Presented at the Presidential Leadership Intensive Week December 2002 by Daniel Aleshire, The Association of Theological Schools
At the Biennial Meeting of the Association in June 2002, meeting participants shared Sunday lunch, and Executive Committee members led discussions about efforts that ATS should consider undertaking to help schools with their work. One of the comments that made it into the summaries of those discussions has been on my mind a great deal: "Is there value to the church in having educated clergy?" It is an engaging question. The more evocative question for me, and perhaps for you, is "What is the value of seminary-educated religious leaders?"
In 2000-01, ATS schools spent a total of $1.2 billion to educate almost 74,000 students enrolled in at least one course. This amount is almost double the $671 million that ATS schools spent in 1990-91. This total may seem like "small potatoes" in the multibillion dollar world in which we live, but to the presidents and development officers who have gathered potato after potato, it's a considerable sum. It's a sum sufficiently large to warrant a response to the question: What was it that ATS schools did that resulted in doubling their expenditures in a decade, when inflation for the same decade was about 30%? The $1.2 billion from students' tuition payments, earnings from endowments, and current charitable gifts was spent in one year on theological education in North America. How much better is theological education in 2001 than it was in 1991? What has the church received for its money? Has the broader culture heard a more winsome and compelling religious voice after all this expenditure? "What is the value of seminary-educated religious leaders?"
I. What is the value of seminary-educated religious leaders?
Education, in general, is facing questions like these. I don't think they are particularly good questions. When we begin to evaluate education by its cost, or the economic benefits it generates, we cease evaluating it on the criteria that are most central to educational effort. The fundamental question is, by contrast, a good question, and it will not go away: What is the value of a seminary-educated religious leadership? In one way or another, chief administrative officers of ATS schools will spend a great deal of their time with this question. It is the question. It is a personal question as you gear up for one more year of fund-raising. It is an institutional question as denominations decide how to allocate stable or declining funds in the context of increasing need. What is the value of seminary-educated religious leadership? It is a constituent and donor question, as well. Why should their gifts go to a seminary rather than to a Christian social ministry or college or university?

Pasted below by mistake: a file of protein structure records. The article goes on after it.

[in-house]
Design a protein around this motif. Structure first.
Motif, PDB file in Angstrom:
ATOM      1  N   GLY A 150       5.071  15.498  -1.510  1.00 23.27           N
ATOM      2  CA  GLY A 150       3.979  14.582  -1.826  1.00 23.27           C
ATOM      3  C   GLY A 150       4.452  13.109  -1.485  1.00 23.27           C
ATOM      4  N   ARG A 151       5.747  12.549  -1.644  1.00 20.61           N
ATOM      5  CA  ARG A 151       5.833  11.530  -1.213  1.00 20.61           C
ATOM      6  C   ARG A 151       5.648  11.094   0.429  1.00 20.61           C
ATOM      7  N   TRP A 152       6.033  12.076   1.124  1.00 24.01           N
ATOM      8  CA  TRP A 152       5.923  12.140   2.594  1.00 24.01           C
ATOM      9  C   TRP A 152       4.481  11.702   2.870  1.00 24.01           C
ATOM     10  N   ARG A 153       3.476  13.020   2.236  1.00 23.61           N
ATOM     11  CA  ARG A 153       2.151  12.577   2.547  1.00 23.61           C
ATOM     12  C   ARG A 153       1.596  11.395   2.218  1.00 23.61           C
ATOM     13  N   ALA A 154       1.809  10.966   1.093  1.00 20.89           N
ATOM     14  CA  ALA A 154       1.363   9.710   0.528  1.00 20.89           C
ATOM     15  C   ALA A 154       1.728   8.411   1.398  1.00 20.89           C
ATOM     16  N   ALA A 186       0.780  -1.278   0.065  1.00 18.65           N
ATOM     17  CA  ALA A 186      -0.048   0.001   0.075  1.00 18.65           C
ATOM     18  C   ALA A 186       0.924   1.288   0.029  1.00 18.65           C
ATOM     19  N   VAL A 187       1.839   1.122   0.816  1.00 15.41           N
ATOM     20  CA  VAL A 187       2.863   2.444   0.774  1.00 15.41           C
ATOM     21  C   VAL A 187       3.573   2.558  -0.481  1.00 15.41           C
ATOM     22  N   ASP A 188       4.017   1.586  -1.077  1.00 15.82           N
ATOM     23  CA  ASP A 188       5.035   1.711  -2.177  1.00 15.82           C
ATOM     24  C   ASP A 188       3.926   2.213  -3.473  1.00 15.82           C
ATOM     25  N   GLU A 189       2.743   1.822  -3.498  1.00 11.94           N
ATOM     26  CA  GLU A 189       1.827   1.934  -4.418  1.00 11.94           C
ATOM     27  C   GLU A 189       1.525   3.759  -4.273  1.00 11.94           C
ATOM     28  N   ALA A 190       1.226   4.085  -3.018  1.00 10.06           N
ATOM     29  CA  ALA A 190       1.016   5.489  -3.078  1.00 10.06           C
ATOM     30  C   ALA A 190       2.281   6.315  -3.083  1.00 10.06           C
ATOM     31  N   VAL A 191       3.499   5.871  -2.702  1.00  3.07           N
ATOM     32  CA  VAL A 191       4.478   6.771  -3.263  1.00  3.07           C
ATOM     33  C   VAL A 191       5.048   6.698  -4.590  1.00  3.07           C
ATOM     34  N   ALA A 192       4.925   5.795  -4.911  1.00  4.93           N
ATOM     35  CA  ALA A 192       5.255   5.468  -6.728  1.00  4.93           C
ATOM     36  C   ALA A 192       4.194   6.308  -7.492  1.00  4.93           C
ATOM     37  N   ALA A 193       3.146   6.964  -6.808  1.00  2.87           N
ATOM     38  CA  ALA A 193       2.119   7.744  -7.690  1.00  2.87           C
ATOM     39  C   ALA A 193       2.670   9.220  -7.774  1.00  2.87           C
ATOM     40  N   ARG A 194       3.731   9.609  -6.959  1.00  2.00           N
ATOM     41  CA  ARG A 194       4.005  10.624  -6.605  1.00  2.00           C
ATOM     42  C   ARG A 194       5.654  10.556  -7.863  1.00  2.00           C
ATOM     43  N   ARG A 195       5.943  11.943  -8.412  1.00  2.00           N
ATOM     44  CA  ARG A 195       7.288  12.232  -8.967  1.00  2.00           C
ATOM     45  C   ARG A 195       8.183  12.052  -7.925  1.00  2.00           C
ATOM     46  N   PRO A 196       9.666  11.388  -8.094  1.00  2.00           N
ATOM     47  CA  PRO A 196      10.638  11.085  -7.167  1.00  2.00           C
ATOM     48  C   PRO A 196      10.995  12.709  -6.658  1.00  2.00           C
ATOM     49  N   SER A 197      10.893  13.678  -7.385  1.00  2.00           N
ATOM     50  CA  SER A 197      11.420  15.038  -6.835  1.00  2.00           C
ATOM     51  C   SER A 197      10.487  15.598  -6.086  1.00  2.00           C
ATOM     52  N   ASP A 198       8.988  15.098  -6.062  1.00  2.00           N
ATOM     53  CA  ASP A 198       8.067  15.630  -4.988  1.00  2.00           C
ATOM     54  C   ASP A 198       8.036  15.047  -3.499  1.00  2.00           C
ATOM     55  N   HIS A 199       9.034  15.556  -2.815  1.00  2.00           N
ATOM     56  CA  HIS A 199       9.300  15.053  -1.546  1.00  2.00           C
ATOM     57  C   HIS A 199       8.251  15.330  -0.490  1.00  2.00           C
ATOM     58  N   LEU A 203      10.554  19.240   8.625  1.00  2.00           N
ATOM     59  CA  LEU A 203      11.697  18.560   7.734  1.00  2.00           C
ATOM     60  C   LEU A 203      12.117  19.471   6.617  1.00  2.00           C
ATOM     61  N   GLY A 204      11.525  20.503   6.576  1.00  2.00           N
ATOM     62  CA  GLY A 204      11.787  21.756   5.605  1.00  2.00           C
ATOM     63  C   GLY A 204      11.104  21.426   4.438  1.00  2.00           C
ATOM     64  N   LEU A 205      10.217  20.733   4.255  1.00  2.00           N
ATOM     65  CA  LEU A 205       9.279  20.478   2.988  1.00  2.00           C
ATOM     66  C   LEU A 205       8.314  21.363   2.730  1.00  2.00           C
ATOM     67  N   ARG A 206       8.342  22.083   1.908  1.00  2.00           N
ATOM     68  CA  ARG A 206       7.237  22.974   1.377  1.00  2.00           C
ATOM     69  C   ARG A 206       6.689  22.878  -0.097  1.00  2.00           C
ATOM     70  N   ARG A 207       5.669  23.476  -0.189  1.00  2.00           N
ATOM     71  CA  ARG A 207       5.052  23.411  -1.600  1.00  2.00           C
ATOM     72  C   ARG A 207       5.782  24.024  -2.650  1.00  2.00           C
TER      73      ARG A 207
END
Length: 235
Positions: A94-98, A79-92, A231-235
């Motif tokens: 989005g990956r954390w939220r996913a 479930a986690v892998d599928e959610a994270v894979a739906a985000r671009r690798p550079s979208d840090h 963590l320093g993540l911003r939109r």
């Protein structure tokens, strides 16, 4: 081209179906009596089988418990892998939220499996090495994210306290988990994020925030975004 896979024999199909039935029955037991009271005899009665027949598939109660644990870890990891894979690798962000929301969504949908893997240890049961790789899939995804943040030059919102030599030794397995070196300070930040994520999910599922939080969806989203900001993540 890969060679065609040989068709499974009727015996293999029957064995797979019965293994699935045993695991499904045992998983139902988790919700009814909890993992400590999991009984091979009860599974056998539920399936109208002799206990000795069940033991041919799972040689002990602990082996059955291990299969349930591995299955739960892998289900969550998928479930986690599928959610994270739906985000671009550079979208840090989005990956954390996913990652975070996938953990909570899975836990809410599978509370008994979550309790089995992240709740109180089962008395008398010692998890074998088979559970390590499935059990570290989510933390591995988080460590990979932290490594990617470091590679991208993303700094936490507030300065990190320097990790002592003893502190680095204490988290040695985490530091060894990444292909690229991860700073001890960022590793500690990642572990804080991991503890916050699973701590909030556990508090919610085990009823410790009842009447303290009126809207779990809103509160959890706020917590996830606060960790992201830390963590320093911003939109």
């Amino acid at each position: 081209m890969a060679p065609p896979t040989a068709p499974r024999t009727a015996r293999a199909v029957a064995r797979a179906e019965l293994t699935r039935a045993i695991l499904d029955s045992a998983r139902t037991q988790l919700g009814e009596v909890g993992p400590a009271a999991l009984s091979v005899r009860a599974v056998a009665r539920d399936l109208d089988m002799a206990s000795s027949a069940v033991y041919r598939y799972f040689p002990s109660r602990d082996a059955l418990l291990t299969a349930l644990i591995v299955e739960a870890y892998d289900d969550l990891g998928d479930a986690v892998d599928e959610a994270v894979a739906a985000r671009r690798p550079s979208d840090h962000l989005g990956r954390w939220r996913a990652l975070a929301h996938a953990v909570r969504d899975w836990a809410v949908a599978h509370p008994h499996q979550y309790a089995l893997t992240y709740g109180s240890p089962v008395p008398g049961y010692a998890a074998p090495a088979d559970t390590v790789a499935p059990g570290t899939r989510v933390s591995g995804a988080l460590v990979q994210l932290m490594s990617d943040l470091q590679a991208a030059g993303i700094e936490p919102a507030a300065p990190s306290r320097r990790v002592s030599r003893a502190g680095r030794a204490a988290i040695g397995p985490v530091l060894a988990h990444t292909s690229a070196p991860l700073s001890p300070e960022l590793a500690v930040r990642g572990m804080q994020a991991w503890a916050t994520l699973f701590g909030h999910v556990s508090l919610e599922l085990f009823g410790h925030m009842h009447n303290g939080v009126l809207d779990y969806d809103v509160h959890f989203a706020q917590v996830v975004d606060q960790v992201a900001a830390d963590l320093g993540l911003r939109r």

As membership in mainline Protestant denominations declines, alternative patterns for education and routes to ordination increase. As new paradigm churches exercise leadership among Evangelical Protestants, questions about the relevance of theological education drift through the hallways at mega-church conferences for congregational leaders. As Catholic dioceses grow more dependent on the work of lay professionals to staff parish programs and Catholic institutions, the question of the value of a seminary education still seems unresolved. In the Faith Communities Today study, researchers found that "congregations with leaders who have a seminary education are, as a group, far more likely to report that in their congregations, they perceive less clarity of purpose, more and different kinds of conflict, less person to person communication, less confidence in the future, and more threat from changes in worship." I think these data could have been analyzed differently and the results of these alternative analyses may have added clarity and nuance to the findings. But, as the report states, "These findings would suggest the need for a careful review of the educational process of leadership preparation." I think the recommendation is right on target.
Another question I saw in the notes from those Biennial Meeting luncheon discussions was: "How can ATS help to close a seminary?" I have some ideas about how ATS could help, but I have a more expansive answer to the opposite question. ATS has worked hard with some schools near closing to find effective patterns of institutional work that helped keep them open. But for what value have they remained in business? Is it to provide the kind of leadership that causes congregations to have "less clarity about their purpose, less confidence in the future, and more threat from changing patterns of worship?" I don't think so.